Discover Miss Rae's Room Dyslexia Blogs, a comprehensive series dedicated to empowering educators and promoting effective strategies for students with Dyslexia. From different types of Dyslexia and Dyslexia screeners to signs of Dyslexia and evidence-based interventions and accommodations in the general education classroom, explore the infusion of the Science of Reading into instruction, explore school's roles in defining Dyslexia, and learn about best practices for teaching students with Dyslexia. Gain valuable insights and practical guidance to create inclusive and supportive learning environments. Start your journey towards improving outcomes for students with Dyslexia today!
Discover practical strategies and helpful resources for supporting students with Dyslexia in the classroom. Learn about the characteristics of Dyslexia, effective intervention techniques, and supportive accommodations to create an inclusive learning environment that fosters reading success for all students.
Dyslexia affects approximately 20 percent of the United States' population, meaning that one out of every five students in your classroom may have a language-based learning disability. As an educator, understanding Dyslexia and knowing how to support students with this condition is crucial.
However, with appropriate interventions, the majority of students with Dyslexia can become proficient readers. Reading experts estimate that 30 percent of students will learn to read regardless of instruction, while 50 percent will benefit from high-quality Tier One instruction in foundational skills. The remaining 15 percent, including students with Dyslexia, will require additional time and support to reach their reading potential, which necessitates intervention.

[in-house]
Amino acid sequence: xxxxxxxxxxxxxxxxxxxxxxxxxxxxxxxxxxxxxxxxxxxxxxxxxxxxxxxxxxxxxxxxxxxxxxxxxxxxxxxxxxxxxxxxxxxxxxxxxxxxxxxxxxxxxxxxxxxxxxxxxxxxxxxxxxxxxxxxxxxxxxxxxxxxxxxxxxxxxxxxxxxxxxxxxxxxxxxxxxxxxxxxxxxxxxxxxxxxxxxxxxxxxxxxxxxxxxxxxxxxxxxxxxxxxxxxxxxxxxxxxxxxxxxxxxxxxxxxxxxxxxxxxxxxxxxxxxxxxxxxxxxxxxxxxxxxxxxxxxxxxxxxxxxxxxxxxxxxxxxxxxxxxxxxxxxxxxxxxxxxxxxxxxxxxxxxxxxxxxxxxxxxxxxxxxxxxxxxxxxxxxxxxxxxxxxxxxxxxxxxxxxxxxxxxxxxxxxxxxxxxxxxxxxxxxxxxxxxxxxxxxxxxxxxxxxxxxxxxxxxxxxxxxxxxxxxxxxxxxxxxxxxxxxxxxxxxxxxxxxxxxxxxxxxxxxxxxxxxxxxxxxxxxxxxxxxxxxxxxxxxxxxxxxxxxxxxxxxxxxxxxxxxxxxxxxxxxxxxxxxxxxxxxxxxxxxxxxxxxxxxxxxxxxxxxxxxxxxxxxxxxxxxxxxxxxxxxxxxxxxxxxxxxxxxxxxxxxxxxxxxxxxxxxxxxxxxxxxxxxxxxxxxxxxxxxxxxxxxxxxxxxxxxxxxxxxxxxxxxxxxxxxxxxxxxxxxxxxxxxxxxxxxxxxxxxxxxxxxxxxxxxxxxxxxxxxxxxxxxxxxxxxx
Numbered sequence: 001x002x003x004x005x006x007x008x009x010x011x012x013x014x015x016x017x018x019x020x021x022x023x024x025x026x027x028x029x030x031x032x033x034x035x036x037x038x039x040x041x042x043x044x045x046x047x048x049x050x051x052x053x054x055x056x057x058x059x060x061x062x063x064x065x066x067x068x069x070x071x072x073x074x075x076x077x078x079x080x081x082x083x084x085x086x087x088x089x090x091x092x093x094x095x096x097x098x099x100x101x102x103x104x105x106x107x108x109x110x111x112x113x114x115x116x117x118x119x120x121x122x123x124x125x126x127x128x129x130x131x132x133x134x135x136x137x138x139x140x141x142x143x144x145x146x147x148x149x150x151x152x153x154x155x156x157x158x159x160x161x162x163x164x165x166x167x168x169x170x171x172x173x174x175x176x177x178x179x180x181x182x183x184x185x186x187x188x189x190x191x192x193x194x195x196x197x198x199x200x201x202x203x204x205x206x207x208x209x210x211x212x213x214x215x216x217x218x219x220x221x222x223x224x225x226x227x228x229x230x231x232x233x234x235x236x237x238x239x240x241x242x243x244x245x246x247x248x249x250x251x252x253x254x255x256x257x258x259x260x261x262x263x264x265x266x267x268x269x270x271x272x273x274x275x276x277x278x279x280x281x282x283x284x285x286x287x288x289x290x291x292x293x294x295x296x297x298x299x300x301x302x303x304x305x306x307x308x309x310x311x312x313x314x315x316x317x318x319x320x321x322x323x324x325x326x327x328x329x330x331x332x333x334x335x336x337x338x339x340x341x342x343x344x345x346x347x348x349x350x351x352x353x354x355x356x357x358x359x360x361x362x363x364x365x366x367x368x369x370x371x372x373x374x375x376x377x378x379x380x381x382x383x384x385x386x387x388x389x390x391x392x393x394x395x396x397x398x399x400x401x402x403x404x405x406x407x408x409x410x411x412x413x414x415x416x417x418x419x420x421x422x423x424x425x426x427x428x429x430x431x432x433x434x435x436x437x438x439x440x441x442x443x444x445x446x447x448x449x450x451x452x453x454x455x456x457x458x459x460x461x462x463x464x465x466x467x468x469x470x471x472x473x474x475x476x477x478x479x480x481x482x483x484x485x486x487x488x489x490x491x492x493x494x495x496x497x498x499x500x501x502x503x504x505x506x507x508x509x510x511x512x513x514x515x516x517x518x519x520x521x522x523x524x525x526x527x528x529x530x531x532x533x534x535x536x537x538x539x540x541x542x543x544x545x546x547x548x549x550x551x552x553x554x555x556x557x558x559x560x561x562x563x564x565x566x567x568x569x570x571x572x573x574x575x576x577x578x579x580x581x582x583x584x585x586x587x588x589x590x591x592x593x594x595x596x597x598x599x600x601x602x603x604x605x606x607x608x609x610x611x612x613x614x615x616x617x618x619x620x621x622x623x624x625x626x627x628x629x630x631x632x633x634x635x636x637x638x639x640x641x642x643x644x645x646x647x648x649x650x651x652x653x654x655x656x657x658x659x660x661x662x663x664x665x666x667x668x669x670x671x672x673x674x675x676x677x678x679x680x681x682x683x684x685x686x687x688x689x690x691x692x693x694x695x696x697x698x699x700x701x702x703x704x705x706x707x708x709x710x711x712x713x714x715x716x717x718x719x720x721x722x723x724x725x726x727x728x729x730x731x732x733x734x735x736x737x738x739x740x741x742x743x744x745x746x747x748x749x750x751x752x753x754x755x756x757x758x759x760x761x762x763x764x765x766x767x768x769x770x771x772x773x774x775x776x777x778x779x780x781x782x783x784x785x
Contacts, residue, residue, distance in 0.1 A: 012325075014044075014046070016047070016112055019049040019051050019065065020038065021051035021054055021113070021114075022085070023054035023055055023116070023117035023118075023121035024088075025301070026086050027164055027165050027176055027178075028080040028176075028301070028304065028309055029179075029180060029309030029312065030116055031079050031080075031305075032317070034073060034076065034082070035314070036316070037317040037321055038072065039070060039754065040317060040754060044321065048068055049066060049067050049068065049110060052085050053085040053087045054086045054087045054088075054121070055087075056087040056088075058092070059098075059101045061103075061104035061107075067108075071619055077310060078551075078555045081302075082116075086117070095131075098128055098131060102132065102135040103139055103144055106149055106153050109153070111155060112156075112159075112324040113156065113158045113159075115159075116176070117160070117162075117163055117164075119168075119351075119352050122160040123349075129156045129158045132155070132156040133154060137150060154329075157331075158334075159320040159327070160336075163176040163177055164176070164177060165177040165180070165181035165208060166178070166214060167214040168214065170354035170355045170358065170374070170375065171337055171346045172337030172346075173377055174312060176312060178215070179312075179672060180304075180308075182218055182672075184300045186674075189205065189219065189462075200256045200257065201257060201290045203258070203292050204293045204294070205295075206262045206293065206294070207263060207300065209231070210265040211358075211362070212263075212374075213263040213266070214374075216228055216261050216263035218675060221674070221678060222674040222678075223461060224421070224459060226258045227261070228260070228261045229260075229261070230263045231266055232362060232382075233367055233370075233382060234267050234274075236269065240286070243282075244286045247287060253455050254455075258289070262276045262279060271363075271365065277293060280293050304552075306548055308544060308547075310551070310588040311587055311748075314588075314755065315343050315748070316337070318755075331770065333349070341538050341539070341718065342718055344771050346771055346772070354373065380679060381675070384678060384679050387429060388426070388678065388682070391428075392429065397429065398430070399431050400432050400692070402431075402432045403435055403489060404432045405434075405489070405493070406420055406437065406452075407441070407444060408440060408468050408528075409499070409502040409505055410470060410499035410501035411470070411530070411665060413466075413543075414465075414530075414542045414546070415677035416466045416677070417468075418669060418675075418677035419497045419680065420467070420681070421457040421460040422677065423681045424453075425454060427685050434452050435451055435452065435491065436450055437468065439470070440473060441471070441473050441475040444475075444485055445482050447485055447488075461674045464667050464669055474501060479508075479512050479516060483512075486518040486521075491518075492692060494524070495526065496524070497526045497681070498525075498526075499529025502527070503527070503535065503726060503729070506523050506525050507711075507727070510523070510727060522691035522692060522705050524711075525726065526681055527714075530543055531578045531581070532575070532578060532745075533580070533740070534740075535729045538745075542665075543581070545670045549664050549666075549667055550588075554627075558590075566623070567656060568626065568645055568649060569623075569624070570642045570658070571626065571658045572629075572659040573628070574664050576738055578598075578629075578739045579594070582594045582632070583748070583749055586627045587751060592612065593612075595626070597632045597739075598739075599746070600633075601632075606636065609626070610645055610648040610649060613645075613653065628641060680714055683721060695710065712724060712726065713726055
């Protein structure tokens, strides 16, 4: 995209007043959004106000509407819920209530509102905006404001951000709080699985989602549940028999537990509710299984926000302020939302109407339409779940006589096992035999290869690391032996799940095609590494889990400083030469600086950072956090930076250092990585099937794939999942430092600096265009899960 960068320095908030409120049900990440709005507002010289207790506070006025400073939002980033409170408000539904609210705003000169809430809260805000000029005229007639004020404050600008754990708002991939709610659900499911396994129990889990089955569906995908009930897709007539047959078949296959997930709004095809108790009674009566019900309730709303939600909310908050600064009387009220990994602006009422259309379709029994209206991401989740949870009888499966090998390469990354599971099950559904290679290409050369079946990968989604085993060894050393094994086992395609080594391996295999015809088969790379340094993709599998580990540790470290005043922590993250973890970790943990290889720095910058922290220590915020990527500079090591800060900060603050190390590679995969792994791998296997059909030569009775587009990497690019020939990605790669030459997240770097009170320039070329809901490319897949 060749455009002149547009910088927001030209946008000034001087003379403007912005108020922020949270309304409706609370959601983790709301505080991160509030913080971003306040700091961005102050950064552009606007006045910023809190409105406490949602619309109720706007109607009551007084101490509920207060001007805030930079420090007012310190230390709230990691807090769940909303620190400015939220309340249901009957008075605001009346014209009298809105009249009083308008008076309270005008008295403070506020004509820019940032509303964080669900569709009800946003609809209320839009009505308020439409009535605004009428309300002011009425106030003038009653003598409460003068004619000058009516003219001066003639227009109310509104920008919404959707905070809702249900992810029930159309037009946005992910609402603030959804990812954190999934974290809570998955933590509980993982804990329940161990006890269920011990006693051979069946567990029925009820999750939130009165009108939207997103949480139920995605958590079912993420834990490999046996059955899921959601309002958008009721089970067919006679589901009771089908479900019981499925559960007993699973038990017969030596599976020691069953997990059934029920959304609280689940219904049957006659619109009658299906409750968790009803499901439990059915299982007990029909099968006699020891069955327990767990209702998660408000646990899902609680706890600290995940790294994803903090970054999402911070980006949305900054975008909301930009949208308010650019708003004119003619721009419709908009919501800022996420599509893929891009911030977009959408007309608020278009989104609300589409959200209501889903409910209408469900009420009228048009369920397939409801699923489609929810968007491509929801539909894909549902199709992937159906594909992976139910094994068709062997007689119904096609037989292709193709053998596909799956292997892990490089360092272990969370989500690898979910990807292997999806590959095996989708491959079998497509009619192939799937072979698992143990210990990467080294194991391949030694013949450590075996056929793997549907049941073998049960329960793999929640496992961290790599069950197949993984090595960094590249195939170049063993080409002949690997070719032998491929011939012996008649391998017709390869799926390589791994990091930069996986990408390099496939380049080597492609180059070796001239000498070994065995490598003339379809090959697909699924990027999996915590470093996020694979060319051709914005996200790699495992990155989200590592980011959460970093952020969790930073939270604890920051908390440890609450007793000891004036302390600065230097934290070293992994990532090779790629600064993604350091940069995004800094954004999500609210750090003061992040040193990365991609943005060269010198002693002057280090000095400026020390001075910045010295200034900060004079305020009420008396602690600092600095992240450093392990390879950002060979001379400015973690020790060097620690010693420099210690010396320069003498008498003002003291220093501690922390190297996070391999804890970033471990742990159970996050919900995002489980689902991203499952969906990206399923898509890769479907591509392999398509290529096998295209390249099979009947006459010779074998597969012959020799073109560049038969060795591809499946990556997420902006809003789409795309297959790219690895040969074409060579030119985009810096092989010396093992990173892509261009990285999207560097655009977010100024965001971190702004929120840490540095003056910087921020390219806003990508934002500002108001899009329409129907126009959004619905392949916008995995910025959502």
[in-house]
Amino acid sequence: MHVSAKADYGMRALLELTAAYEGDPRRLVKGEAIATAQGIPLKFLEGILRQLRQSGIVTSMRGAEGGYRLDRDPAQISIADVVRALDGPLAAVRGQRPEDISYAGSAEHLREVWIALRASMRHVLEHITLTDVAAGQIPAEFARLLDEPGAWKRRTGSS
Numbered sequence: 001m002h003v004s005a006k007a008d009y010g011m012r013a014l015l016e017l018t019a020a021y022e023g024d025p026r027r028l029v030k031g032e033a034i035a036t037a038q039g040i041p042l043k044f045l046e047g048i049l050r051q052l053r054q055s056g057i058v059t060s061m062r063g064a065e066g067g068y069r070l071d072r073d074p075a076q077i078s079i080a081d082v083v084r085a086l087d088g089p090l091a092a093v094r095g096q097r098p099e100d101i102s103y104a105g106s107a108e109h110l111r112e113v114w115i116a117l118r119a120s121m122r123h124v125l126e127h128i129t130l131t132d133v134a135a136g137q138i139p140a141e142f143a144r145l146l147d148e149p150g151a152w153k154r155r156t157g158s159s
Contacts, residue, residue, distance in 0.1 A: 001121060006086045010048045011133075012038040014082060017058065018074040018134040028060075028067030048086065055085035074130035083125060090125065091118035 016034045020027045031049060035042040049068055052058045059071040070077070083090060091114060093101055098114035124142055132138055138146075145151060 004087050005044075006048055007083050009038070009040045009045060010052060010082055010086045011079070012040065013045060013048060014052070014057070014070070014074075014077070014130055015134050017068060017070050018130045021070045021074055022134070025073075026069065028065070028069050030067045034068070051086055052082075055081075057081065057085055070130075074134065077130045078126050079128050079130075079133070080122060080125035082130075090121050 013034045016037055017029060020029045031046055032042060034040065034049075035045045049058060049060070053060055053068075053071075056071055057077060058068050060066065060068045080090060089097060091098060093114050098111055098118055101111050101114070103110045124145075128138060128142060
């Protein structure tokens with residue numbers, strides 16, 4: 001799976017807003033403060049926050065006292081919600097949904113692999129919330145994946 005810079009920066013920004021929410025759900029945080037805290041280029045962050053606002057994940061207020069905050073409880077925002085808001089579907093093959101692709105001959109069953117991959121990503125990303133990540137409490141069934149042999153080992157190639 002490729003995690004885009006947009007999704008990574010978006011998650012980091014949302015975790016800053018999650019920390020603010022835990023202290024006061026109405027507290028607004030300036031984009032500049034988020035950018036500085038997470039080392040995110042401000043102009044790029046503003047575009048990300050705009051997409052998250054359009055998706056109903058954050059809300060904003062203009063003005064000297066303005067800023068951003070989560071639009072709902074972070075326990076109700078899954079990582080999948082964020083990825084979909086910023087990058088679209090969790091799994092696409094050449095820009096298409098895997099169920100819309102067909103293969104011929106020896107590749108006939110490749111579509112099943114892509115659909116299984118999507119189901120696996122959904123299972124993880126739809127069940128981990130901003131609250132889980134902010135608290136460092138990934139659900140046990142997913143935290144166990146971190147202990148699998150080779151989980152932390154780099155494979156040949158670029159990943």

Effective interventions for Dyslexic students should be explicit, systematic, and more targeted than general education instruction. They should provide extra time for struggling readers and involve reduced instructional group sizes. Intervention instruction should be comprehensive, individualized based on assessment data, and employ multi-sensory techniques.
While providing direct and systematic intervention instruction, it is essential to simultaneously support Dyslexic students in accessing the Tier One curriculum.
Accommodations play a vital role in removing obstacles that hinder independent access to the curriculum. Audiobooks and recorded materials allow students with Dyslexia to access grade-level reading materials, bridging the gap between their vast vocabulary and decoding challenges. Free resources like local libraries, Bookshare, Storynory, ReadWorks, and NewsELA offer audiobooks and content-based texts for students.
Check out a few of these FREE audiobook resources:
-your local library
-Bookshare is the largest online library of accessible reading materials, created for people with disabilities such as Dyslexia.
-Storynory offers free audiobooks for younger students.
-ReadWorks and NewsELA provides shorter texts and passages that are content-based.
Implementing classroom accommodations can foster a supportive learning environment for students with Dyslexia:
-Extended or Additional Time
-Use Clear Language
-Make Learning Multi-Sensory
-Use Project Based Learning
-Pair Verbals with Visuals
-Allow Extra Time
-Offer Choice Projects
-Provide Direct & Explicit Instruction
-Praise Effort & Encourage
-Provide Assistive Tech (i.e. Audiobooks, Google Read & Write, Speech to Text)
-Implement a Structured Literacy approach to teaching reading
Click HERE to learn more about Structured Literacy Instruction for students with Dyslexia.
By understanding Dyslexia, providing effective intervention, and implementing supportive accommodations, teachers can bridge the gap between students' reading and intellectual abilities. Dyslexia is a lifelong disability, but with the right support, students can improve their reading skills and achieve success in the classroom.
For more in-depth information and resources on addressing Dyslexia in the classroom, visit my blog and empower your students to overcome reading challenges and thrive academically.
Kilpatrick, D.A. (2015). Essentials of Assessing, Preventing, and Overcoming Reading Difficulties.
Shaywitz SE, Morris R, Shaywitz BA. The education of dyslexic children from childhood to young adulthood. Annu Rev Psychol. 2008;59:451-75. Doi: 10.1146/annurev.psych.59.103006.093633. PMID: 18154503.
Simos PG, Fletcher JM, Bergman E, Breier JI, Foorman BR, Castillo EM, Davis RN, Fitzgerald M, Papanicolaou AC. Dyslexia-specific brain activation profile becomes normal following successful remedial training. Neurology. 2002 Apr 23;58(8):1203-13. doi: 10.1212/wnl.58.8.1203. PMID: 11971088.